The figure on the left is wearing a padded coat.  I used Delta Ceramcoat dark gray color of some type, the name has worn off the label.  I just tried to paint diamond shapes in the gray color making sure to leave some thin black unpainted between the diamonds of the quilted armor tunic.  It is impossible to be perfect here, just do your best.  The goal is to give the impression of a quilted pattern, it doesn't have to be perfect.  The middle one is studded leather and I just painted on the studs using Americana Zinc as the first dot, and Americana Rain Gray for the "sharp" lighter dot on top of the Zinc dot.  I left the rest of the armor black except for the edges around the bottom.  There I put little dots of Americana Midnight Blue to represent lacing around the edge of the armor.  The far right figure has a new pattern for mail that I decided to try.  The paint color is Zinc again, and there is lacing around the edges of the armor and the neck.  For that I used Americana Russet (which is a REALLY hard color to find but it is perfect for dark leather).  For the Zinc, I just did a zig-zag pattern to create the illusion of small metal bands.  I had not tried this one before and I sort of like it, but it is a little busy.  I think next time I will try and space them out a little more.
The left and right most figure here are both wearing ring mail.  Again I put some edging around the neck and bottom of the armor using either Midnight Blue or Russet.  The rings are just that dark gray Delta Ceramcoat color I can't remember the name of.  To paint the rings, the paint needs to be thinned down with either a medium or water.  It has to flow easily or you will get rings that are not smooth.  As a general rule, smooth painting is very important in all areas for these figures mainly because you are painting on a flat surface.  You have no sculpting texture to "hide" you mistakes.  The figure in the middle is my usual mail pattern of small dots.  It also has an edging of Russet.

All my guys are wearing leather gloves, and because I like the color so much I stuck with the Americana Russet.
I paint three fingers first, either wrapping them around a spear or on the flat sides of the handle of the sword to give the illusion that the figure is holding the weapon.  I then paint a patch on the back of the handle of the weapon to represent the back of the hand.  Also, with the spear I add in some extra glue to provide and actual "bump" that represents the hand on the weapon.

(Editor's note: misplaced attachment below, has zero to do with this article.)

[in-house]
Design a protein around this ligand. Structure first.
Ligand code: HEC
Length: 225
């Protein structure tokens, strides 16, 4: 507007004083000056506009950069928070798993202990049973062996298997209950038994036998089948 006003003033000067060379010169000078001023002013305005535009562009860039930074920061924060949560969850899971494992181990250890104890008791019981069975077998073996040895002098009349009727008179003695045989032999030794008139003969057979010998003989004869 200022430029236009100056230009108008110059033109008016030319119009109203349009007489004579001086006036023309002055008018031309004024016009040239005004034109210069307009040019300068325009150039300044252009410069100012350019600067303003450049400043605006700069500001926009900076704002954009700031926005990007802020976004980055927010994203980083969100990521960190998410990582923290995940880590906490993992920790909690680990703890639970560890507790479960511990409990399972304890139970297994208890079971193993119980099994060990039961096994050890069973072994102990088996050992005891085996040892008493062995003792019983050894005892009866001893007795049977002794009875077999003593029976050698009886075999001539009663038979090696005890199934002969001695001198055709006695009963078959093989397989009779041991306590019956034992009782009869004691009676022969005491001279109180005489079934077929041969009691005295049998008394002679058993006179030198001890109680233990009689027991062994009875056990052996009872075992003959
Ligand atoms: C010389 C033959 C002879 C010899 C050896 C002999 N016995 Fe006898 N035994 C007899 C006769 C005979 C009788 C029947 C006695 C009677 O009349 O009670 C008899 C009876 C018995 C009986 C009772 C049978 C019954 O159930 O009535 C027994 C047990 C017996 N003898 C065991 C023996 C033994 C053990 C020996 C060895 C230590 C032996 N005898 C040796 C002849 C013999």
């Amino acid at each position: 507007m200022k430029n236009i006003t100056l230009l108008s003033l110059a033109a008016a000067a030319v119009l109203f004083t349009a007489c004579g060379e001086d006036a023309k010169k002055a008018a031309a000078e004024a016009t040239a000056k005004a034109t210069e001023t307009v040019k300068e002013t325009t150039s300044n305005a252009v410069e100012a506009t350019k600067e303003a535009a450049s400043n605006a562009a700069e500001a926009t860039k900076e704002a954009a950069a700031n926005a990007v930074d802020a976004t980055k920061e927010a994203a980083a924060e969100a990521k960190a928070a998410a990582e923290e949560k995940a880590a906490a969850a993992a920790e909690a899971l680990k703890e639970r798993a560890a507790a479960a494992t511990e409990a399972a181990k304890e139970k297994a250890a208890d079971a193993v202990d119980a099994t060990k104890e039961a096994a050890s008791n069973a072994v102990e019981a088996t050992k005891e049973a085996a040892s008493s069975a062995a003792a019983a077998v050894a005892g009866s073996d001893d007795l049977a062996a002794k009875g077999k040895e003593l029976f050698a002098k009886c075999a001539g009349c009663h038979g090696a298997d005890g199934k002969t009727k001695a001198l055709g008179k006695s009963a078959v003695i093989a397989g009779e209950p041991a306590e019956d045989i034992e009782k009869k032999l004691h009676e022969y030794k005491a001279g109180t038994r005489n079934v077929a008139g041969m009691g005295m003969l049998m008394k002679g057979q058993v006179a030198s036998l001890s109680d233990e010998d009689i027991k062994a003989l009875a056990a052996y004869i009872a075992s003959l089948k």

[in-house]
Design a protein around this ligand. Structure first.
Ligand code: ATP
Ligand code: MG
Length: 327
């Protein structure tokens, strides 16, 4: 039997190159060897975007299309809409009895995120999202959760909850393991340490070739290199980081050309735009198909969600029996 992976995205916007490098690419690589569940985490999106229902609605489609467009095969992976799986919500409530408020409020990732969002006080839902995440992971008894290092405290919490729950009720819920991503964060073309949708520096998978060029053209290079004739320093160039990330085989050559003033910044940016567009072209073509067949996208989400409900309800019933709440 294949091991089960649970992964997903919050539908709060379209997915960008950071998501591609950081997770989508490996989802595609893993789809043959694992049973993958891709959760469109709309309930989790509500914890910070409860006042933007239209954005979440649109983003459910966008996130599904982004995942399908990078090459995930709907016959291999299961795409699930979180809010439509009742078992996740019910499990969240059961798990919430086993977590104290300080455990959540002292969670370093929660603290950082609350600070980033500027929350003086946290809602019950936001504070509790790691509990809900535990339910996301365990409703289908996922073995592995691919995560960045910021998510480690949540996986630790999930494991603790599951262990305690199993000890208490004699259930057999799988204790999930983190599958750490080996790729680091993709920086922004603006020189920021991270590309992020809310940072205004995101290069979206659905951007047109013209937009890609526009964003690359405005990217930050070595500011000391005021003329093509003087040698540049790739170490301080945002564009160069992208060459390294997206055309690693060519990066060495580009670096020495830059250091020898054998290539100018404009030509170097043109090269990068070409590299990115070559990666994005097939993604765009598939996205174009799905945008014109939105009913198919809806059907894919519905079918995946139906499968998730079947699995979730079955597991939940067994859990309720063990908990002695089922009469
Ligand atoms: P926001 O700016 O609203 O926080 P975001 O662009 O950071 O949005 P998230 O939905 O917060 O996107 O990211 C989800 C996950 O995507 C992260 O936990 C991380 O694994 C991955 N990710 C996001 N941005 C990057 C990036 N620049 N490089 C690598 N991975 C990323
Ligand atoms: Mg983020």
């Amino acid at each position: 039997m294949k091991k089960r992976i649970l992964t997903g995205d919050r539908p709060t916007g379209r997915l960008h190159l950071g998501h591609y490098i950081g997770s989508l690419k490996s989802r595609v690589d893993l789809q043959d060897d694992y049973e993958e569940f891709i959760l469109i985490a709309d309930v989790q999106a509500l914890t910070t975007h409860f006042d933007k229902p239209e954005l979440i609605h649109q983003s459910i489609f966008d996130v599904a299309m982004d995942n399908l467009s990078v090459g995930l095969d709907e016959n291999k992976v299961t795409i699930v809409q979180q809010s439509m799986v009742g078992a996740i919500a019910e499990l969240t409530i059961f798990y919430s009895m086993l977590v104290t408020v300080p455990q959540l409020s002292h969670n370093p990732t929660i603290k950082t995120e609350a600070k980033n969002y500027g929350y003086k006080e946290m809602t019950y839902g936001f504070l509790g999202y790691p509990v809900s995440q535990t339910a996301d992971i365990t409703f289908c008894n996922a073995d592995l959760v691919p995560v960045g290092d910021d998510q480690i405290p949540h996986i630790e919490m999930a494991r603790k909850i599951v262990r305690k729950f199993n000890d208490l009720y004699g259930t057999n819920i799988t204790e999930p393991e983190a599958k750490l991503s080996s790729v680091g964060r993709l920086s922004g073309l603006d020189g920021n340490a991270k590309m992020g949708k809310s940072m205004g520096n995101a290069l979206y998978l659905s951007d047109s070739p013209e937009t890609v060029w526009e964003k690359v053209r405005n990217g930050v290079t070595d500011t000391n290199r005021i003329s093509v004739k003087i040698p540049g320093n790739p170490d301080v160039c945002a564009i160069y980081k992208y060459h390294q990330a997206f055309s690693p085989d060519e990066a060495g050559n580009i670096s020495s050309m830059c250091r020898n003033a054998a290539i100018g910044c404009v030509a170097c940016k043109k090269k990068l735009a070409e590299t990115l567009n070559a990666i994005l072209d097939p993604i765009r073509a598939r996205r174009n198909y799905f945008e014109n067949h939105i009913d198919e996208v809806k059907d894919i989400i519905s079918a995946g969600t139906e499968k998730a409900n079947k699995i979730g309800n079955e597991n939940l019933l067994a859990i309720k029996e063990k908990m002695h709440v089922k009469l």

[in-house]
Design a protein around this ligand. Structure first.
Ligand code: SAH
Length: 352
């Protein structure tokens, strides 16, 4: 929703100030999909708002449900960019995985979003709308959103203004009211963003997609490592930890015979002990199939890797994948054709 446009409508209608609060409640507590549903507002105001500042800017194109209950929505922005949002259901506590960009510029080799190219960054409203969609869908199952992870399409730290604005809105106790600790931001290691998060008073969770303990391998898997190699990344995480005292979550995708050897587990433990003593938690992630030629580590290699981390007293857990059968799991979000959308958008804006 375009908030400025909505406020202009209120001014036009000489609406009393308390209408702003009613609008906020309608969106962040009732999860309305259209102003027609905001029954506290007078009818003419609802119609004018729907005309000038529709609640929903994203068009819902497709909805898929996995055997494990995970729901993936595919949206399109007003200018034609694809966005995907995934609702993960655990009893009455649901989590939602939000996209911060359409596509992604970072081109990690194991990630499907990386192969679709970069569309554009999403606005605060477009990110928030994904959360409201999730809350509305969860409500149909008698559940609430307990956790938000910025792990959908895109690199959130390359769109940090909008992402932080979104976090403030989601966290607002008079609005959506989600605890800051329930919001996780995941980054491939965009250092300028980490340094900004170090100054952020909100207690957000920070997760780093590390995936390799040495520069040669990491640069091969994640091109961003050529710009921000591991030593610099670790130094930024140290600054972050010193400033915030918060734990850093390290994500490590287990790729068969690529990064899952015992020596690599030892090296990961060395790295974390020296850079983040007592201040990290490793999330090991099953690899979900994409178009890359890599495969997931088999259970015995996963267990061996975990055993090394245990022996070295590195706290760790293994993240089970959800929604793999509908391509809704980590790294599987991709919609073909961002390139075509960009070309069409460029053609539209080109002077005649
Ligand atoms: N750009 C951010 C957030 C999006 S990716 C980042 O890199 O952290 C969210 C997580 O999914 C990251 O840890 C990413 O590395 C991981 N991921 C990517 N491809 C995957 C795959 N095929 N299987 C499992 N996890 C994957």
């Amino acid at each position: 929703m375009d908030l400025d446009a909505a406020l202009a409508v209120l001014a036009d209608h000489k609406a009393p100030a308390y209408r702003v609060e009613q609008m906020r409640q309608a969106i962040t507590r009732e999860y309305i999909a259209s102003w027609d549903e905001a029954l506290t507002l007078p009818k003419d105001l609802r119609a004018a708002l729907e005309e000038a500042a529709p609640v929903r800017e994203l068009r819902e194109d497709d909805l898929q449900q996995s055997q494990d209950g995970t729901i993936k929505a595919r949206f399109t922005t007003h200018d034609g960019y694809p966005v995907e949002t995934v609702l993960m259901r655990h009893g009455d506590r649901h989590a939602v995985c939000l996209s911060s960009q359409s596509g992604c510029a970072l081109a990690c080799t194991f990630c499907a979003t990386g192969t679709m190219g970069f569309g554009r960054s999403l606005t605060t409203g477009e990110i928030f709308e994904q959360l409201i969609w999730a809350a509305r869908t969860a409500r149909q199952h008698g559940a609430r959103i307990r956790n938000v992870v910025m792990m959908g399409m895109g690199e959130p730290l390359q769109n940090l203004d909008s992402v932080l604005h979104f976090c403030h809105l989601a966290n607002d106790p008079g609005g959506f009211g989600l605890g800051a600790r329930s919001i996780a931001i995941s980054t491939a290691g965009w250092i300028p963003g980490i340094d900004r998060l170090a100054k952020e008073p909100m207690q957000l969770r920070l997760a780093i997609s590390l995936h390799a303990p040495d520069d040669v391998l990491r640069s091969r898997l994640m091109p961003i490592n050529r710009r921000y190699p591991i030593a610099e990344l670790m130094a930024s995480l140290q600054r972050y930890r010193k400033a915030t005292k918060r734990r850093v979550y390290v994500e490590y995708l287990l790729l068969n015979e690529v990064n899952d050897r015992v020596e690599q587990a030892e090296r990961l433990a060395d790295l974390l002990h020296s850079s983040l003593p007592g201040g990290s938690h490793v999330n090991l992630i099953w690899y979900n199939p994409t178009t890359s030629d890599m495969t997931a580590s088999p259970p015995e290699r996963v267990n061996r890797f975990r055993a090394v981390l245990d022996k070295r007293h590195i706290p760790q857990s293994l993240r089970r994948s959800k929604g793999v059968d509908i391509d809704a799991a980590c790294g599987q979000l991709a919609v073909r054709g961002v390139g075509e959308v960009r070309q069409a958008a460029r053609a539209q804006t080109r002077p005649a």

You can see the hand on the sword on the right-most figure a little better here.

Okay, by this point I wasn't liking the brown boots so I painted them black again and painted the boots again using the Delta Ceramcoat dark gray color that I can't remember the name of.  I also use it on the bladed parts of the weapons as a base gray color.  The shaft of the spear is Delta Ceramcoat Dark Brown.  The sharp parts of the blades on the weapons is Delta Ceramcoat Gray Rain.
You can see they are really starting to take shape now.  Just the shields are unpainted at this point.  When I make the swords I always cut an angled slice down the blade to try and create a sharp/narrow side of the blade for visual interest, then I try and follow this line with the Gray Rain paint to give the illusion of a sharp edge.
With the axe I always try and paint it so that the cutting edge is a single color but as the blade gets closer to the shaft I try and leave some space of the dark gray showing throw.  Gives visual interest and sort of matches the way some axe blades look because of their sharpening pattern.  You can also see that on the pommel of some of the swords I paint a golden/brass color just to give some visual interest.  You can't see it in these pictures but I also paint the part of the pommel of the sword that the figure's hand does not cover up at this point as well.  Just some lines to represent the wrapping of the handle of the sword, and be sure to leave some of the black undercoat showing through between the figure's hand and the wrapping of the handle.  Any color is fine, I like maroon, but this time I used a beige color.

Obviously the shield is going to vary depending on the figure, but I wanted all but one of these guys to have the same shield; a red one with the snakes facing each other over a moon painted in Warm White.  I don't have individual shots of the shields I just have the following shots of the finished figures, but you can see the shields.  They are painted Maroon from Delta Ceramcoat and then the snake/moon pattern is Americana Warm White.  On the inside I paint some stripes of Delta Ceramcoat Dark Brown to represent the wood, but it's barely visible on these figures.
The figure on the far right has a different shield.  I wanted some variety and decided to do a buckler guy.  I have a few of the small round precut discs that are smaller than when I can find now, but they are perfect for bucklers.
Shots from the rear.

You never know which will be your favorite.  This axe guy really grew on me and turned out to be one of my favorites.

Okay, that's it.  I hope you found this helpful.  I am pretty happy with how these turned out.

I'll probably paint the mounted version of these guys next, but that will be at least a week before I can get to them.  Work schedule is brutal right now.